Finally, biographies of several people in the Gallery not mentioned earlier include Sergei Hackel, Pearl of Great Price: The Life of Mother Maria Skobtsova (1982); Jane Swan (edited by Scott Kenworthy, who is at work on a new biography of Tikhon), Chosen for His People: A Biography of Patriarch Tikhon (2015); and Wallace Daniel, Russia’s Uncommon Prophet: Father Aleksandr Men and His Times (2016).
Christian History issues
Read these past issues on our website—some are still available for purchase:
#18 The Millennium of “Russian” Christianity
#54 Eastern Orthodoxy: Then and Now
#109 Eyewitnesses to the Modern Age of Persecution
Videos from Vision Video
Videos on this issue’s topic include Christian Catalyst Collection: Alexander Solzhenitsyn, The History of Orthodox Christianity, A Light in the Darkness, and The Printing.
You can find some primary sources relating to this topic at the Internet Sourcebook for Byzantium and the Internet Modern Sourcebook (under Nineteenth-Century Russia, Russian Revolution, and Post-War Eastern Europe). Many academic libraries have guides to sources on Orthodoxy in Russia; find one particularly extensive guide at Christopher Newport University. View online exhibits and other info at the Russian History Museum.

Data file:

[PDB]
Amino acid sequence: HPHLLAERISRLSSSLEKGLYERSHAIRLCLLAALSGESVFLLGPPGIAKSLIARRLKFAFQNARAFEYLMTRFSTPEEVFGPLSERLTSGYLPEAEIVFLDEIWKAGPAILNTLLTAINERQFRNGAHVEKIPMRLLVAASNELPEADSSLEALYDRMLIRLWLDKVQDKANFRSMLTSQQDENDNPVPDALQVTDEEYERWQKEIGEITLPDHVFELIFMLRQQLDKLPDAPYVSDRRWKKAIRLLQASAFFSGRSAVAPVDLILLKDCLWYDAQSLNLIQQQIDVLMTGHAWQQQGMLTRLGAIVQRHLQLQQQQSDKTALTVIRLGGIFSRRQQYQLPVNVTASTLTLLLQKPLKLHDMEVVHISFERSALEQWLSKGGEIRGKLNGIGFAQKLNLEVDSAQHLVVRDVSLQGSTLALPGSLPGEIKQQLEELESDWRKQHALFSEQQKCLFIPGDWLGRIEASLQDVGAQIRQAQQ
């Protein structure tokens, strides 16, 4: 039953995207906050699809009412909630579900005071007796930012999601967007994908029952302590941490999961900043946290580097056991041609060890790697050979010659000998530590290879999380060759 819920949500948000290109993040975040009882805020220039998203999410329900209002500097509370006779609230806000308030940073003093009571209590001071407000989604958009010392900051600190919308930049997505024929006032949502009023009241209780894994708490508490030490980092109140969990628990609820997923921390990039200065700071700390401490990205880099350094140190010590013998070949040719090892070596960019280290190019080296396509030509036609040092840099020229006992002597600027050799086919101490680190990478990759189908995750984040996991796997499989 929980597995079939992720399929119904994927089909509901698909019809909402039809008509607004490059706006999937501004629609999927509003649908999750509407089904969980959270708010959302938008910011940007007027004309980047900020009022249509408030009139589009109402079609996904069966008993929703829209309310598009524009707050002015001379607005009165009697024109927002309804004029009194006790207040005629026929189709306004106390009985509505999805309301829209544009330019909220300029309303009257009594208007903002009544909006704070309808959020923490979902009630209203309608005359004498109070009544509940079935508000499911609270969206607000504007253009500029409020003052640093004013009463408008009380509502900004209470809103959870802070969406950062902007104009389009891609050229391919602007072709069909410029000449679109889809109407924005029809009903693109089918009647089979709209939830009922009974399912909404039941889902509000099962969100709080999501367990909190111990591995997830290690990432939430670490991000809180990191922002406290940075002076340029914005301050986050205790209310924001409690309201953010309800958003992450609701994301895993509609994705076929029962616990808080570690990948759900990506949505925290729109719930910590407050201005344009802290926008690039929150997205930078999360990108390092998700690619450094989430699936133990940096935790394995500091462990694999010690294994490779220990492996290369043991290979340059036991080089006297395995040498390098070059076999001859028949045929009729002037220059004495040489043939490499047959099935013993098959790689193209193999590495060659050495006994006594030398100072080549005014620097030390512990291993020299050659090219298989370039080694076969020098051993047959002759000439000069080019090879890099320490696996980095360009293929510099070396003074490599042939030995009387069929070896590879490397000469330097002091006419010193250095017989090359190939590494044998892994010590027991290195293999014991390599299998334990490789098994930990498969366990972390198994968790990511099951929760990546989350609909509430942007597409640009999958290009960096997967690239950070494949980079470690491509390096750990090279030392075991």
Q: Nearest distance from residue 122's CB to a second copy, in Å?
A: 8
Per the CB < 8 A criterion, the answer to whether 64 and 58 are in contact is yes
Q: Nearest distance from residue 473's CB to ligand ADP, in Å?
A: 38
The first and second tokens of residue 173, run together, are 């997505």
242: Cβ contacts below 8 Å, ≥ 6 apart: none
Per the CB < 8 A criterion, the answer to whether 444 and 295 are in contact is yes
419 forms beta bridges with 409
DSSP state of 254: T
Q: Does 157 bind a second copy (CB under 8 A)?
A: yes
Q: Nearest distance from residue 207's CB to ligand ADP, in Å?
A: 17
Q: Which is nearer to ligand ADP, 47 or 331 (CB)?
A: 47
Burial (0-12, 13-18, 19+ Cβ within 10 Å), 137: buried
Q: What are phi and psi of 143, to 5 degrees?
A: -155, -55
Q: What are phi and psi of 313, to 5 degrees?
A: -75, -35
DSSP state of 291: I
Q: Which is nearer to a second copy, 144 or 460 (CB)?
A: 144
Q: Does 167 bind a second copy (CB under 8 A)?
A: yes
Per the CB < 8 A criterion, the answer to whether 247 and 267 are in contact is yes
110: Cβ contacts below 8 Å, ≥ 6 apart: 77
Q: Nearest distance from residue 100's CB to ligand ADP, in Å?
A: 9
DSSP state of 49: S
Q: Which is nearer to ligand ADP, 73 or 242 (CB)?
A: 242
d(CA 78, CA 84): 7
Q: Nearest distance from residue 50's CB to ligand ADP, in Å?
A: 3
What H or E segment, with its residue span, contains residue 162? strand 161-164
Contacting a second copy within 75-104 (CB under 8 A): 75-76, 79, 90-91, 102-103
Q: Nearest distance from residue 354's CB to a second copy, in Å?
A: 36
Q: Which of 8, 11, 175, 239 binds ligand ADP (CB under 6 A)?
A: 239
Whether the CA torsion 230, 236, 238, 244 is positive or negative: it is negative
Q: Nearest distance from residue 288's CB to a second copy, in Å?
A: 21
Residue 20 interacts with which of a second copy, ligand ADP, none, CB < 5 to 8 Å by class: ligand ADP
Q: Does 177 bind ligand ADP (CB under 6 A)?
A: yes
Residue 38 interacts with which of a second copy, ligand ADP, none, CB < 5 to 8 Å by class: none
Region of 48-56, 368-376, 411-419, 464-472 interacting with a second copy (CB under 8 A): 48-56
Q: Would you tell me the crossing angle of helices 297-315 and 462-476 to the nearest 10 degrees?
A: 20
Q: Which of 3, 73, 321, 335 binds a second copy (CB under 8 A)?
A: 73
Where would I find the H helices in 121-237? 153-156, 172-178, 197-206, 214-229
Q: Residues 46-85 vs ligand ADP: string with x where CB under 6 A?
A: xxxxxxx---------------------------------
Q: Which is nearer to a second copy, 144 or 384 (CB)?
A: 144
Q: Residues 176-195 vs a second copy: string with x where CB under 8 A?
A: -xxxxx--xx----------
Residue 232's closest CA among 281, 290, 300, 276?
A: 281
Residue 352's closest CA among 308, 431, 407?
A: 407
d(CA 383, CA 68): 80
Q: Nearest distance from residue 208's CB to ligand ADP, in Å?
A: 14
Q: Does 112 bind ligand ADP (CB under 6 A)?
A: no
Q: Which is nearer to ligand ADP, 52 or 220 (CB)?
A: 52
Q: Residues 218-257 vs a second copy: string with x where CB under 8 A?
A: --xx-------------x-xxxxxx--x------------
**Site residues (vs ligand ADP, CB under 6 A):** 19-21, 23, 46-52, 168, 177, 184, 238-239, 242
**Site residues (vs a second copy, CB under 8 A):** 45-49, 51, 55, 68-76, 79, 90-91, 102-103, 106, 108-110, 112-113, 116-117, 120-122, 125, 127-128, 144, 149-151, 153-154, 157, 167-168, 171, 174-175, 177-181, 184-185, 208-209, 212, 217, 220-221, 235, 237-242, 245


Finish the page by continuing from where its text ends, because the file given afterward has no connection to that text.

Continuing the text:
The Russian Orthodox Church (Moscow Patriarchate), the Russian Orthodox Church Outside of Russia, the Ukrainian Orthodox Church of the USA, the Orthodox Church of Ukraine, and the Ukrainian Orthodox Church (until May 2022 under the jurisdiction of the ROC-MP) all have official websites. (The first three have English versions; for the rest, you’ll have to use Google Translate.) The Orthodox Church in America, while multi-ethnic today, had its origins in Russian missions in Alaska. Its website has many helpful resources about Orthodox belief and worship. Some popular websites with Orthodox devotional and historical resources include OrthodoxHistory.org, Pravmir.com, and Orthodox Christian.
Read more about Leo Tolstoy at the Tolstoy Commons and Fyodor Dostoevsky at The International & North American Dostoevsky Societies, and see the current work of St. Vladimir’s Orthodox Theological Seminary and St. Sergius Orthodox Theological Institute at their websites. The Orthodox Studies Center at Fordham University sponsors the news and opinion site Public Orthodoxy.
You can read more about the work of the Artos Fellowship at its website and about Russia Cristiana at its site. RBR (Religious Books in Russian) publishes The Gifts and other works. The Orthodox Arts Journal has many images and theological resources about Orthodox art. CH
By the editors
[Christian History originally published this article in Christian History Issue #146 in 2023]
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Civil Religion in America
Presidents have often served as chief pastors of the nation's shared beliefsGary Scott Smith
Hot Words in the Cold War
In his controversial "Evil Empire" speech, Ronald Reagan sought to re-moralize America's conflict with the Soviet UnionPaul Kengor